The Upper West Regional Security Council (REGSEC) has decided to cancel the permits of 24 companies that submitted permits to salvage rosewood in the region.
The decision came after it realized that any time the companies were asked to come and salvage rosewood, they rather came and paid people to cut down more of the trees.
Mr Amidu Chinnia Issahaku, Deputy Upper West Regional Minister, made this known at a press briefing immediately after a prolonged REGSEC meeting in Wa on Wednesday.
He said as part of efforts to clamp down on the concern in the region, a 14 member taskforce has been constituted to go round the region and stop people from cutting down the trees to bring to an end the massive deforestation that is ongoing in the region.
“The Upper West Region has a very fragile ecology – our vegetation is not that developed and you know vegetation has a linkage with the pattern of rainfall”, he said.
Mr Issahaku said majority of the people in the region were employed in the agriculture sector hence the need to guard against environmental degradation and deforestation.
He said the 14 member taskforce chaired by Deputy Superintendent of Police, Mr Clement Ali had the mandate to reverse and stop the lifting of rosewood and other logs from the Upper West Region and prevent the felling of fresh rosewood and any other trees in the region.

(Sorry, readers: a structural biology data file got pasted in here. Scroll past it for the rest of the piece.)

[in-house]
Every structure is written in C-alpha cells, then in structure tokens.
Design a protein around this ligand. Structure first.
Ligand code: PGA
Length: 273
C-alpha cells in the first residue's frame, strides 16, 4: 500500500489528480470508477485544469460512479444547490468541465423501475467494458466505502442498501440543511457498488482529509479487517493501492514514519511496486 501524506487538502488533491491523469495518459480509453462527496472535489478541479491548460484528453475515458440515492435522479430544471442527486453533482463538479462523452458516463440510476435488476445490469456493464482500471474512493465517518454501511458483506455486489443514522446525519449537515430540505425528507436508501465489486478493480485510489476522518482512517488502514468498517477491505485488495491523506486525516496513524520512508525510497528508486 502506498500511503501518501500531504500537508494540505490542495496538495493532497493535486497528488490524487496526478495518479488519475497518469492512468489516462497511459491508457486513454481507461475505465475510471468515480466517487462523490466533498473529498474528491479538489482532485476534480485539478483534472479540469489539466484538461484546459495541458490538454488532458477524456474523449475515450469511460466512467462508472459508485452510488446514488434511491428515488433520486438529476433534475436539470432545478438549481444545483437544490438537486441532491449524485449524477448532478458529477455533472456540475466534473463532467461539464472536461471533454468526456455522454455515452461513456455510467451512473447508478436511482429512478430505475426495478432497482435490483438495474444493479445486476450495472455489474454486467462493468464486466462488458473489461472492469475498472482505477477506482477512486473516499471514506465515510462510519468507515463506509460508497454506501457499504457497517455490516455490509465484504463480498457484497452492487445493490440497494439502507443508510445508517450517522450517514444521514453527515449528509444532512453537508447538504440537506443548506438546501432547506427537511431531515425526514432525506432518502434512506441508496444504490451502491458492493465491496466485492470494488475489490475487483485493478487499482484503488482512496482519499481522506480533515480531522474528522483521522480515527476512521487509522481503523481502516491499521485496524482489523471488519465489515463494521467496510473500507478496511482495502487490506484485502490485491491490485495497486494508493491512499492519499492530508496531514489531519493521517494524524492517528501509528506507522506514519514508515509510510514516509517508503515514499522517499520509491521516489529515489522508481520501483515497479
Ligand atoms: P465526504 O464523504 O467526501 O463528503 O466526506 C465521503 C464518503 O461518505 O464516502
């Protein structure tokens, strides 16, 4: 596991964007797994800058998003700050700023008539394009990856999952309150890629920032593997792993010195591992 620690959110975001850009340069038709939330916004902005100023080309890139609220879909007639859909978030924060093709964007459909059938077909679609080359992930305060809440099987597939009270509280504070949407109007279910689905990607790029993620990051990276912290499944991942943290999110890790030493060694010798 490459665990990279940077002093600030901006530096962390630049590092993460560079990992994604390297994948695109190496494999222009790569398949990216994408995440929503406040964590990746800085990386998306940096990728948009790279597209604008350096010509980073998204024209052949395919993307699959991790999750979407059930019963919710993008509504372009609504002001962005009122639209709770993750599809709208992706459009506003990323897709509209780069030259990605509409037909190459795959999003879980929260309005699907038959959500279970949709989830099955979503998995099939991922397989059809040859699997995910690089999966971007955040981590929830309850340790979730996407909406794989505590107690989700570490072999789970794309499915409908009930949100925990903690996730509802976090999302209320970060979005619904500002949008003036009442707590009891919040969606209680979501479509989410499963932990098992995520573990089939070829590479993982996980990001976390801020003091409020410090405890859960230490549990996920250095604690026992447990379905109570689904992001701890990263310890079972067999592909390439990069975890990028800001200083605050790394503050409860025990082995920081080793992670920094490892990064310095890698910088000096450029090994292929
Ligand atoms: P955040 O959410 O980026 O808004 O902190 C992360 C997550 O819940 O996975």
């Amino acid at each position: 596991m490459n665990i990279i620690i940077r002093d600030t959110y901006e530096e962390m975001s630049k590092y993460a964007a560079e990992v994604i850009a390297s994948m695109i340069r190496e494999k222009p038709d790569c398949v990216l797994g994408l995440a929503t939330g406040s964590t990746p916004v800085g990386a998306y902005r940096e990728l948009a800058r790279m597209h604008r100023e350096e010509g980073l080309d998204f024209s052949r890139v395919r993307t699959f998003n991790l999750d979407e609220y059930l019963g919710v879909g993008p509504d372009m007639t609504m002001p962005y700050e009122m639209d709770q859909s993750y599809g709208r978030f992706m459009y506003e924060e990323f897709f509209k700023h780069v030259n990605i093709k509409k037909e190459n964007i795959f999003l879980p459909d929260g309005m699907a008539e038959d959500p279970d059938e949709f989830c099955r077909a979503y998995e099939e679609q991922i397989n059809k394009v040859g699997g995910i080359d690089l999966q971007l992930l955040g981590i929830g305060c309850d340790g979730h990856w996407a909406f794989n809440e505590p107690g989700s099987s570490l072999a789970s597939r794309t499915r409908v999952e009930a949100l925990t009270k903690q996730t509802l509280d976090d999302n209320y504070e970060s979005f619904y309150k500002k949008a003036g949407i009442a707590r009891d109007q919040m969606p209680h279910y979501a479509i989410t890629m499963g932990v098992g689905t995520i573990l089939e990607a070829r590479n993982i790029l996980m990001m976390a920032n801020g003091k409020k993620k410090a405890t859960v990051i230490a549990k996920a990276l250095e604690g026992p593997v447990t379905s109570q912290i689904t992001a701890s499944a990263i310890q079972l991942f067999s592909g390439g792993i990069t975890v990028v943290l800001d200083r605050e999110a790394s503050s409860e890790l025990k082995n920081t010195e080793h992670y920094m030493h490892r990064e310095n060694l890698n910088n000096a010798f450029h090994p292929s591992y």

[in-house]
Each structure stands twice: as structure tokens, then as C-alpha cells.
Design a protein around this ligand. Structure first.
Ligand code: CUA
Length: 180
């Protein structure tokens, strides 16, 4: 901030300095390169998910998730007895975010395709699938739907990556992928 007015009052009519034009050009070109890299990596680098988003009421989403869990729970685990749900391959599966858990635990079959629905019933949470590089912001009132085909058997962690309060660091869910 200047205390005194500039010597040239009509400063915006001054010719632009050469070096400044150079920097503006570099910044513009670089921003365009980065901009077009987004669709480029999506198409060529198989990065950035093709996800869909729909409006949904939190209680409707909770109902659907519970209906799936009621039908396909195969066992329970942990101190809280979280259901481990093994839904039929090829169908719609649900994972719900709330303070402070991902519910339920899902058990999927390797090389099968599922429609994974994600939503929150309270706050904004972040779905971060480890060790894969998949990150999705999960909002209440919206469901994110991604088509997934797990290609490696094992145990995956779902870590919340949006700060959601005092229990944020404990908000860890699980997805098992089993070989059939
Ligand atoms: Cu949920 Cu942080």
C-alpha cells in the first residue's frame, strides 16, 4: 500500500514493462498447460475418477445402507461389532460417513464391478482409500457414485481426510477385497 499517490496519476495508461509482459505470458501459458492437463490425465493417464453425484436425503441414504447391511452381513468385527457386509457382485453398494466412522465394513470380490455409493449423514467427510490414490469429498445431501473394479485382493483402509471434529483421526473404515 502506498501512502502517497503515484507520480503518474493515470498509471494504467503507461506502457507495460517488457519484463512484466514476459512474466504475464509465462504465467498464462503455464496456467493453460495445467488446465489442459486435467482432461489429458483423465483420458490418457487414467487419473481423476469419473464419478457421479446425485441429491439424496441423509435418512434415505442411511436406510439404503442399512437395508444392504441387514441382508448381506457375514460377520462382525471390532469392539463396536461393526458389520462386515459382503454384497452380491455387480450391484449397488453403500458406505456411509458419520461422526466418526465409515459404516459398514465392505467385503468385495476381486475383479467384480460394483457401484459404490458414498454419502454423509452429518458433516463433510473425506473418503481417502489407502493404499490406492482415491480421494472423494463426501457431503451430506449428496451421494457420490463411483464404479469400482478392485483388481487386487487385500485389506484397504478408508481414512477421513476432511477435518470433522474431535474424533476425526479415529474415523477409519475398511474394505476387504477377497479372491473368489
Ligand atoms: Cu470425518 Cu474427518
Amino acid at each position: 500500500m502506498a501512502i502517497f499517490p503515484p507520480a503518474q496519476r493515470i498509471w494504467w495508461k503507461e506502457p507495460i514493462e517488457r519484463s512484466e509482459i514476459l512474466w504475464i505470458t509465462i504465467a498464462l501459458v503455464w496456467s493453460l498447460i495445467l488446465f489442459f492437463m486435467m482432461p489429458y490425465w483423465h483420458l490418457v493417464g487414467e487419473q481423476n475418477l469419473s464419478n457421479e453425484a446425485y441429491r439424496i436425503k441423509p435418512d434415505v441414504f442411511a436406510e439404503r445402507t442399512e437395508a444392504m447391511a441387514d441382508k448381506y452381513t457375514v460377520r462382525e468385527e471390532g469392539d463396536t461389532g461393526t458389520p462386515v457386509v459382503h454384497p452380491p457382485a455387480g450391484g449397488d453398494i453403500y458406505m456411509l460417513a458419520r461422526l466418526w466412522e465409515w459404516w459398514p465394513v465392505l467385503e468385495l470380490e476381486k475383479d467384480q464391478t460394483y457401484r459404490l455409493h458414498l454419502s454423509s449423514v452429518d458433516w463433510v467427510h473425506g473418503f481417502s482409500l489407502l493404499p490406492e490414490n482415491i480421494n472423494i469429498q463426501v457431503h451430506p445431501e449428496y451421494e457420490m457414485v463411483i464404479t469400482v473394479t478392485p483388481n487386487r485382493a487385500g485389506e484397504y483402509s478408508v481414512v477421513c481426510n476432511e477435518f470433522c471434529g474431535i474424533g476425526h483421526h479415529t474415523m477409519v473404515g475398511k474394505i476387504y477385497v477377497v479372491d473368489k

The taskforce would also impound trucks carrying rosewood as well as other logs and confiscate it as well as prosecute the offenders; conduct periodic checks in the districts to ascertain the situation and submit quarterly reports to REGSEC and any other duties assigned to it.
The Deputy Regional Minister said the Municipal and District Assemblies in the region have also been directed to see how they could lift all wood that were lying in the bush for the REGSEC to make the final conclusion on the matter.
Mr Issahaku said government has invested heavily into the fertilizer subsidy and farmers have the opportunity to buy more and expand their farms, but because of the poor rainfall pattern, farmers may still experience poor yields.
By: Prosper Kuorsoh